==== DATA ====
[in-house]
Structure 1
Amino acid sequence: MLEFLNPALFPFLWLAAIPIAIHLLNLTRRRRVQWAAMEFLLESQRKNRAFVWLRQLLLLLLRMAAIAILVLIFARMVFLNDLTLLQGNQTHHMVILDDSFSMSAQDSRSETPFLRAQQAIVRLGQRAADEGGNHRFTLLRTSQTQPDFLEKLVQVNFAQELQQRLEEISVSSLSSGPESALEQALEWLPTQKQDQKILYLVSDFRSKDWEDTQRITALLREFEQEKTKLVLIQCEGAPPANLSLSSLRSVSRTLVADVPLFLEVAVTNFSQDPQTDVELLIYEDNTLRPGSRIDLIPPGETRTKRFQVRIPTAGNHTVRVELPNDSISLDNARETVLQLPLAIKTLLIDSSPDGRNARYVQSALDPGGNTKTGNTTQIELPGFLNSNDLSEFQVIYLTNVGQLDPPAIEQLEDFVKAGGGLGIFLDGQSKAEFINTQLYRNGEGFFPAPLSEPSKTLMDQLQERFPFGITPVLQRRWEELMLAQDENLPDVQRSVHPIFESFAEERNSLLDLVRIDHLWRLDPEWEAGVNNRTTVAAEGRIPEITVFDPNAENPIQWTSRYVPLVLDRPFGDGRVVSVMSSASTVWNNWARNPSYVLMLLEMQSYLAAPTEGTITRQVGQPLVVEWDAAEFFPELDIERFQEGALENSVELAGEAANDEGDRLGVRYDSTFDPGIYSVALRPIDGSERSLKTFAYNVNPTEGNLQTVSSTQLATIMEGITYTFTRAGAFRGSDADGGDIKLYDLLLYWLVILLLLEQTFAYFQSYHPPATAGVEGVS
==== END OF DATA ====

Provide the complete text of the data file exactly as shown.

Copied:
[in-house]
Structure 1
Amino acid sequence: MLEFLNPALFPFLWLAAIPIAIHLLNLTRRRRVQWAAMEFLLESQRKNRAFVWLRQLLLLLLRMAAIAILVLIFARMVFLNDLTLLQGNQTHHMVILDDSFSMSAQDSRSETPFLRAQQAIVRLGQRAADEGGNHRFTLLRTSQTQPDFLEKLVQVNFAQELQQRLEEISVSSLSSGPESALEQALEWLPTQKQDQKILYLVSDFRSKDWEDTQRITALLREFEQEKTKLVLIQCEGAPPANLSLSSLRSVSRTLVADVPLFLEVAVTNFSQDPQTDVELLIYEDNTLRPGSRIDLIPPGETRTKRFQVRIPTAGNHTVRVELPNDSISLDNARETVLQLPLAIKTLLIDSSPDGRNARYVQSALDPGGNTKTGNTTQIELPGFLNSNDLSEFQVIYLTNVGQLDPPAIEQLEDFVKAGGGLGIFLDGQSKAEFINTQLYRNGEGFFPAPLSEPSKTLMDQLQERFPFGITPVLQRRWEELMLAQDENLPDVQRSVHPIFESFAEERNSLLDLVRIDHLWRLDPEWEAGVNNRTTVAAEGRIPEITVFDPNAENPIQWTSRYVPLVLDRPFGDGRVVSVMSSASTVWNNWARNPSYVLMLLEMQSYLAAPTEGTITRQVGQPLVVEWDAAEFFPELDIERFQEGALENSVELAGEAANDEGDRLGVRYDSTFDPGIYSVALRPIDGSERSLKTFAYNVNPTEGNLQTVSSTQLATIMEGITYTFTRAGAFRGSDADGGDIKLYDLLLYWLVILLLLEQTFAYFQSYHPPATAGVEGVS